HC: It’s true that more square footage may be involved in one-story building, but the overall scale is going to be smaller. If we’re building age-appropriate housing, we don’t need as much space.
BUILDER: You mean we won’t need a house with as big a footprint?
HC: Right. But here’s what else is interesting. My brother is an architect in Houston, and it’s amazing to me the number of groupings of elderly people who are coming to him and asking him to design for two and three people. And they want very creative designs of bedrooms so there’s not only separate space and privacy, but also common space.
BUILDER: This isn’t just families, is it?
HC: No, this is friends. This is widows. This is three or four women who have pooled their money and figured out what they can afford together. It’s not a flash in the pan. It’s a real thing.
BUILDER:Is this the new commune?
HC: (Laughs) I think this is "Girls Gone Wild," only they’re in their 80s!
BUILDER: Isn’t this also about community? So many assisted living places are in the middle of nowhere or in undesirable neighborhoods, rather than near school communities. It’s often grandma who takes care of the kids after school.
HC: No question. Where we locate new communities is crucial. Two contributors to the book, Ellen Dunham-Jones and June Williamson, wrote one of the more important chapters, which takes off on a book they wrote that focuses on retrofitting the suburbs. The suburbs were appropriate when everyone could drive. The layout—cul de sacs, regional shopping centers—is oriented to the car. When we start thinking about village centers, we need a different model. Taking out strip malls and big-box stores and replacing them with housing is a real option.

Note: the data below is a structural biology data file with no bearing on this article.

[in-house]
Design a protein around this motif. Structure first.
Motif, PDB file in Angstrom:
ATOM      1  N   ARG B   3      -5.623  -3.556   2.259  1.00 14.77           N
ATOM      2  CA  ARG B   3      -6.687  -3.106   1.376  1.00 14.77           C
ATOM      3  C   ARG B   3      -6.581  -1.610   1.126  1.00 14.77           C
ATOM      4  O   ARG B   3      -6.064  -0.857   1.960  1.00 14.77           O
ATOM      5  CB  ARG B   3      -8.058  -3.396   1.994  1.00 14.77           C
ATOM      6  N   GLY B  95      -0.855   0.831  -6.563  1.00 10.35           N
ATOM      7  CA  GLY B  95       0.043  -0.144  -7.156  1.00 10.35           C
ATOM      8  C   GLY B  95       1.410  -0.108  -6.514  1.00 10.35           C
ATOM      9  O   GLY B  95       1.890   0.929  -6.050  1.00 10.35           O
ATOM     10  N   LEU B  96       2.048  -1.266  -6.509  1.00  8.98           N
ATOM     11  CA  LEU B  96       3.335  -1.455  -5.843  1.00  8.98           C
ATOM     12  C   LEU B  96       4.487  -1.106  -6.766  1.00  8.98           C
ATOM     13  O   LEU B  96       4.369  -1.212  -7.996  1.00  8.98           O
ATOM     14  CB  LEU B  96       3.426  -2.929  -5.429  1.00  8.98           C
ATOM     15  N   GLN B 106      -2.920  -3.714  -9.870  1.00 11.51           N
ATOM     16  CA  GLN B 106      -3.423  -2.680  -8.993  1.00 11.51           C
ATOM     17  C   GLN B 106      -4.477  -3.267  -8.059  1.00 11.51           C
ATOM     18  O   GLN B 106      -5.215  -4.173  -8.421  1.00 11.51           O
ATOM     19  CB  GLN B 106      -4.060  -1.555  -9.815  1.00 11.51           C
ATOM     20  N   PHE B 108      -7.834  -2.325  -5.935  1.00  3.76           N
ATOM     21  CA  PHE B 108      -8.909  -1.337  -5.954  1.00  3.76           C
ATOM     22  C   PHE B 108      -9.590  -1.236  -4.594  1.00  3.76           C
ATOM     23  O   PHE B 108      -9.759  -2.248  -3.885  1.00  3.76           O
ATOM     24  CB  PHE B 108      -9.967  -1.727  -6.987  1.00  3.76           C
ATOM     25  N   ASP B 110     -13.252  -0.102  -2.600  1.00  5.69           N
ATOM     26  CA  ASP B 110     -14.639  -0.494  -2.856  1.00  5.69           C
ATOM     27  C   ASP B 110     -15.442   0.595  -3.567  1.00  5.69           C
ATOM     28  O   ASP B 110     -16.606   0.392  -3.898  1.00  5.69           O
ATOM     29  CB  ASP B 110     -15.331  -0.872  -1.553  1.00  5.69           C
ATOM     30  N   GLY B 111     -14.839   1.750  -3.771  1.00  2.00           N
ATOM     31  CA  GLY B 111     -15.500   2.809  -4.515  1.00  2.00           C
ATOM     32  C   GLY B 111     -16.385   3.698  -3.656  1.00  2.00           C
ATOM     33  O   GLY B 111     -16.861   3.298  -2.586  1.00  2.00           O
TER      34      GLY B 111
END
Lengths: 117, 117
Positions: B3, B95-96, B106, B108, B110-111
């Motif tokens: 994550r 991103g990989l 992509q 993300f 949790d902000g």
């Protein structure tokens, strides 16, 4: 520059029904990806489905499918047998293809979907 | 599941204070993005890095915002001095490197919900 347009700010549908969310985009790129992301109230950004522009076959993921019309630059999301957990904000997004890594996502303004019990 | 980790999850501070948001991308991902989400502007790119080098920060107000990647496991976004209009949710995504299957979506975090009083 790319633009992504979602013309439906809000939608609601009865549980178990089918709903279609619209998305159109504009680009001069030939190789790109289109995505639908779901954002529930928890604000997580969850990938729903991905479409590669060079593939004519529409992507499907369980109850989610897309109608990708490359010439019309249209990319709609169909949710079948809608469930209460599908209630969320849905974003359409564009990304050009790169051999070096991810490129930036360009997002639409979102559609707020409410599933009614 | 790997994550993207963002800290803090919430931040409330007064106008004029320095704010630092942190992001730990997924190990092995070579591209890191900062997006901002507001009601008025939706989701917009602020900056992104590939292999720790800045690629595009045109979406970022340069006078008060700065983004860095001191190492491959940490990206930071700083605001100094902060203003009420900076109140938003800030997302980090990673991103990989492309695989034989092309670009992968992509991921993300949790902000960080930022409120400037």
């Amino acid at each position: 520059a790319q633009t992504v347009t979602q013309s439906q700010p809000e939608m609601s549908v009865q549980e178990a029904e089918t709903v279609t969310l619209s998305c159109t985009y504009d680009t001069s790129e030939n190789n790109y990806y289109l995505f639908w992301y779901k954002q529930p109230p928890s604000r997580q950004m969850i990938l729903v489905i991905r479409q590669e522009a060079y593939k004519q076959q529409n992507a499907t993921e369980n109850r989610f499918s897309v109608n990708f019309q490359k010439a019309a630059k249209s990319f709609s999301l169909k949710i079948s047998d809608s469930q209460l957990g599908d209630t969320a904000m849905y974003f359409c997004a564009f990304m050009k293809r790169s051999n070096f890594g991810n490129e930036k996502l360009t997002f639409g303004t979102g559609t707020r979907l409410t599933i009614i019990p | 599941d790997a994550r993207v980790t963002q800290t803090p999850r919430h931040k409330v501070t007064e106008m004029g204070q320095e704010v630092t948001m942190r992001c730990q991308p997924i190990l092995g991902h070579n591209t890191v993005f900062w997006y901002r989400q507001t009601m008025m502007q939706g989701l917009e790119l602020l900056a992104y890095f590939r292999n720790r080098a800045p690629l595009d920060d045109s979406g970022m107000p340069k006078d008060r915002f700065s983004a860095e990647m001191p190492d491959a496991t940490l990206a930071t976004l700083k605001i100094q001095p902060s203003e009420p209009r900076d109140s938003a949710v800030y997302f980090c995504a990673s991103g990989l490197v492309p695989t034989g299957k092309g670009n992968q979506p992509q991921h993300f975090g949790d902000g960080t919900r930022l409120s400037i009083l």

BUILDER: So it's an opportunity for the exurbs, too.
HC: Absolutely. I’ve seen this in my own work; my company, CityView, did it in Pomona, California. [It’s] taking out an unsuccessful commercial center and replacing it—not being wedded to the current use that’s on the site. Space is at a premium so we’re looking at places close to transit.
BUILDER: What’s your best advice about how builders and developers can play a bigger role?
HC: Be attentive to the reality of the market and how to respond to it. I’ve watched companies succeed because they’ve put their own traditional experiences aside and allowed themselves to be open-minded and thought about how to respond to real societal needs.
BUILDER: What would builders be most surprised to learn about designing and building for aging in place?
HC: How much of it is going to be needed! The scale of this is massive. In the next 40 years, we’ll go from the present 40 million people who are 65 years of age and older to 88.5 million. The number of people who are over 85 will triple in that time frame. Now, 40 years sounds like a long time, but that’s the same amount of time between 1972 and now; it’s well within the planning horizon of a community. The scale is going to be huge, and it will be different qualitatively. What does it mean for a society to have 19 million people who are 85 years of age or older, a good number of whom are strong enough, healthy enough, fit enough, self-reliant enough to live on their own? We’re not even close to providing the kind of housing that can address that. It’s a big number.
Learn more about markets featured in this article: Houston, TX.